Cambodia celebrated yesterday's anniversary of the ouster of the genocidal Khmer Rouge regime on Jan. 7, 1979, with speeches and renewed calls for the trial of the leaders of one of the most bloody sprees of the last century.
President of the dominant ruling Cambodian People's Party (CPP), Chea Sim, told nearly 10,000 party members, diplomats and senior members of its coalition partner, the royalist Funcinpec Party, that Cambodia's tragedy and a subsequent trial of the leaders of the Khmer Rouge's Democratic Kampuchea government was vital for not only his nation but the rest of the world.
"The CPP supports the efforts of the royal government and the UN to establish an extraordinary chambers under Cambodian law to try the crimes committed under the Democratic Kampuchea regime," Chea Sim said.
"The success of this process will not only provide justice for Cambodian people who were victims but will also help strengthening the foundations for deterring such crimes from happening again, either in Cambodia or other countries," said.
He praised the international community for its aid efforts towards impoverished Cambodia, which lost up to 2 million people to starvation, disease, overwork, torture and executions during the Khmer Rouge's 1975-79 reign and emerged from the ultra-Maoist's extreme experiment with its infrastructure almost completely destroyed.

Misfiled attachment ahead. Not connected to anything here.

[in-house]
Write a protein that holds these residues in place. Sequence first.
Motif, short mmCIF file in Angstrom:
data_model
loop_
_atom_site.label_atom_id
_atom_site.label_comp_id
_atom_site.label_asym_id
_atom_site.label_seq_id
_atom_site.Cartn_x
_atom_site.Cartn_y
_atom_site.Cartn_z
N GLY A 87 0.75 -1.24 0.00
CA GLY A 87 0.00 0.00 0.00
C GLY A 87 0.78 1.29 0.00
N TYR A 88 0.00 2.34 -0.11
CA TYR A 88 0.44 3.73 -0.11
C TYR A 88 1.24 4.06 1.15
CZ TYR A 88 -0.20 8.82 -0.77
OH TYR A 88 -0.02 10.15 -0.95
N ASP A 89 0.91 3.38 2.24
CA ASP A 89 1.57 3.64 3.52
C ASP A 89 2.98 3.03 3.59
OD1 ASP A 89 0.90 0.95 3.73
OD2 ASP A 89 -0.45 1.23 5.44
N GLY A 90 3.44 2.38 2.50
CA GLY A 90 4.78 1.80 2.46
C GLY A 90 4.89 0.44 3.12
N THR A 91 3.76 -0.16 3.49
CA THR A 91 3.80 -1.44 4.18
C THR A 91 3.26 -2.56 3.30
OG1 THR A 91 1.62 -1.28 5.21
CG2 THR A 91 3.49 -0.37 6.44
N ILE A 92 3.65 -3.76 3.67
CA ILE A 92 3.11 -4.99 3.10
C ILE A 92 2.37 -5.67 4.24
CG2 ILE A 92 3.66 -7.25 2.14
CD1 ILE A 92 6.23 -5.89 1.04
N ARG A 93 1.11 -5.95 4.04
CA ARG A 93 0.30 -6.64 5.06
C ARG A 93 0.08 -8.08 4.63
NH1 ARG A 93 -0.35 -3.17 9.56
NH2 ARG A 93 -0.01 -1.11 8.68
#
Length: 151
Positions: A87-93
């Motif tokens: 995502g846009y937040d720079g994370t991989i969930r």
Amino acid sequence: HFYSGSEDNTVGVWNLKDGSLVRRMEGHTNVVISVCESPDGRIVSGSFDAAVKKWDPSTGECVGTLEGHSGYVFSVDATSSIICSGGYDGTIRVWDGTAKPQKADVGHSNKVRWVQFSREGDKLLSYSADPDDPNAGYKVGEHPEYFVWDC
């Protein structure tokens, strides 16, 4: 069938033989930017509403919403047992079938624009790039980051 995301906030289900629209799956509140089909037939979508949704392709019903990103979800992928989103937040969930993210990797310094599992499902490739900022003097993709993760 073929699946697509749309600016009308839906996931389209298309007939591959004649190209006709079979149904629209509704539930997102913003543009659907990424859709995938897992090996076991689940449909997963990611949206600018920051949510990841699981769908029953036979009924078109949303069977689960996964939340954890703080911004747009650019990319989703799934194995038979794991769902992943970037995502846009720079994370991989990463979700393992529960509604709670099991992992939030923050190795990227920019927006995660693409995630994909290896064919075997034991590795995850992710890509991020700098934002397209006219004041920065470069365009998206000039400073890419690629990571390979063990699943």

Teachers, doctors, dentists and other skilled professionals had been almost totally eliminated as the Khmer Rouge purged them in a mad drive to turn Cambodia into a classless agrarian utopia.
Vietnamese troops marched into Phnom Penh and overthrew the Khmer Rouge 26 years ago, beginning what some people still claim was a period of Vietnamese occupation.
The CPP, however, hails the event as a day of liberation from the Khmer Rouge, who continued to fight a guerilla war from the jungles until 1996 when the CPP persuaded its leaders to join the government.
The Vietnamese and then the rest of the world have poured billions into Cambodia's recovery from nearly three decades of civil war, an act that Chea Sim said had made Cambodia profoundly grateful.
He added, however, that there was more work to be done.
"We do hope that the international community will continue to provide invaluable assistance in contributing to strengthening peace, democracy and development in Cambodia," he said.
A joint trial by the Cambodian government and the UN of now ageing and ailing former Khmer Rouge leaders is continuing to grind slowly forward.
Advocates of a trial, however, continue to warn that it must take place soon or run the risk of never being held at all, as most of the now-elderly leading figures continue to grow old in freedom.